Of all the qualities we see in God, patience is the one I find most amazing.
I have heard of artists, musicians and intellectuals who are unusually talented and creative, but woefully lacking in self-control and forbearance.
A concert pianist rages because the piano bench is too low. A diva on the stage goes into a tantrum about her co-star's poor performance. A professional lecturer fumes over the audio feedback.
Those intent upon perfection inevitably find flaws, faults, and failure in the settings and personnel with whom they work. And sometimes the demanding perfectionists lose their tempers; they rant, rail and rave at the offending party and even the innocent around them.
God, on the other hand, shows remarkable patience. The Perfect One tolerates the imperfect. The Sinless One endures sinners. The Creative One bears with the clumsy.
If anthropologists are right, that homo sapiens has been around for some 200,000 years, then those of us who believe that "thinking man" is the deliberate creation by God have much to explain.
If human beings are made in God's image, if God has a plan for humanity, if the Creator is really concerned about and involved with creation, how are we to interpret human history before Christ, or before Abraham, or before the first signs of religion, law, and morality appear?
If the universe began 13 billion years ago with a "big bang" (a clashing of cymbals) by the Great Orchestrator, we have to conclude that God was in no hurry to create human beings.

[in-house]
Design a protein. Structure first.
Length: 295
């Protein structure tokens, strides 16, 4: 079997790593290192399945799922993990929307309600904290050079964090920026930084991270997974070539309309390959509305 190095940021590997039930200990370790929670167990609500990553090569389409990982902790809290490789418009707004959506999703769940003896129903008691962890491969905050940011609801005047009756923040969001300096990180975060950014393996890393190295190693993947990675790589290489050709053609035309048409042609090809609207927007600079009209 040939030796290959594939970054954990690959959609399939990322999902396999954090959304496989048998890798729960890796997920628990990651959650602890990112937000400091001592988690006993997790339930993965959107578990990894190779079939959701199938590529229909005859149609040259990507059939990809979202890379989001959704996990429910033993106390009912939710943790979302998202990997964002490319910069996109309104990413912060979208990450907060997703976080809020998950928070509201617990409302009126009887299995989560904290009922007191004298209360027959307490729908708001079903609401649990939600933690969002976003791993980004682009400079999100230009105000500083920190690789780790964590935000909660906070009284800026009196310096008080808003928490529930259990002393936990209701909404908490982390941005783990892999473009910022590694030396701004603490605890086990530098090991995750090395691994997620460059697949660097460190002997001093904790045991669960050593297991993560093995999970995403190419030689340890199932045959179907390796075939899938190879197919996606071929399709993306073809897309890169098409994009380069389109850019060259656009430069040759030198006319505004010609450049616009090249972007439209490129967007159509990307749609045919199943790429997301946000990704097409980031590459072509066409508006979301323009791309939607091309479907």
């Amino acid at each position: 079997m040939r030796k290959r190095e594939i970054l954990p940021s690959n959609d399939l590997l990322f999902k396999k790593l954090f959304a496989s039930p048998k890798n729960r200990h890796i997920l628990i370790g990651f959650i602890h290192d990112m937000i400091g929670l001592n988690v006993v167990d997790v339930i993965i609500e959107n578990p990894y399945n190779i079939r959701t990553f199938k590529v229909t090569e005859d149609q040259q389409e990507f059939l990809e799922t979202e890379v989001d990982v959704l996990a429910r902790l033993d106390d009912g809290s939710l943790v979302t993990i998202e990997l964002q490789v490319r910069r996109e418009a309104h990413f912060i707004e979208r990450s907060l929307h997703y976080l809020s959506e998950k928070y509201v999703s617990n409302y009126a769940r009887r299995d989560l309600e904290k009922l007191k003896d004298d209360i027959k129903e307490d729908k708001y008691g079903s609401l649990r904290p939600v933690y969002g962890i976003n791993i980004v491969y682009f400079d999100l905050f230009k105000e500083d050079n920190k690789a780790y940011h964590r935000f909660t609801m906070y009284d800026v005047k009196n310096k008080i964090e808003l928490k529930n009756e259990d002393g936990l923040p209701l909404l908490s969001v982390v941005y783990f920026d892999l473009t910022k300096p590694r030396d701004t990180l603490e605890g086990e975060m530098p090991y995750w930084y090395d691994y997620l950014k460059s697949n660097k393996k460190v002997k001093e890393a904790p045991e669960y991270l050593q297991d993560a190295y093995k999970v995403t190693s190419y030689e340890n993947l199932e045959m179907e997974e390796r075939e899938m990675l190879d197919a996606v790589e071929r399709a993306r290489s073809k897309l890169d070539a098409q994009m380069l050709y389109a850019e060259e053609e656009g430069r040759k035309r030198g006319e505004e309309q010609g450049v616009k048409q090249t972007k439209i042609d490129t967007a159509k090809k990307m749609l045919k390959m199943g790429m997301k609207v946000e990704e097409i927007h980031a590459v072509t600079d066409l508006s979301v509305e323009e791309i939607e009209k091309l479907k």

Not only are we late-comers to the universe, but Jesus comes on stage very, very long after the curtain first rises, long after human beings made their appearance.
One of the traditions recorded in Genesis wrestled with these mysteries. More than 3000 years ago some of our ancestors told the story of God's creating human beings, of placing them in an ideal setting, of man's rebellion, of the consequences of sin, and, perhaps most importantly, of the conviction that human beings would be able to over come the evil they had unleashed against themselves.
"The Lord God formed the man out of the dust...the Lord God then took the man and settled him in the garden of Eden...and God asked, 'Have you eaten from the tree from which I had forbidden you to eat?'...and God said to the serpent, 'I will put enmity between you and the woman, between your offspring and hers; and they will strike at your head while you strike at their heel.'"
The Genesis tradition provides insight. Human history is a strange mixture of divine and human action, a patchwork of rebellion and second-chance.
And through the whole patch-work story runs the thread of unbelievable patience on the part of God.
The Gospel accounts suggest that Jesus had his moments of frustration: "Will you also go away?...have I been with you so long a time and you still do not know me, Philip?...Are you still sleeping and taking your rest? Behold, the hour is at hand..."
But in the final moments Jesus could still muster divine patience, "Father, forgive them; they know not what they do."
God's patience, the divine ability to wait, is amazing.
And recognition of that divine attribute has a soothing effect on us. If God can be patient with us, perhaps we should be patient with others and ourselves as well.
Jesus' initial invitation to his disciples is "Come, follow me." That proposal implies movement. Accepting Jesus as Lord is simply the first step. We're going somewhere.
Our Christian lives are an evolution, a process of ongoing development.
God waits patiently for the seed to fall to the earth and die so that it can sprout and bring new life. And God waits patiently for us to do the same.
God is wondrously patient!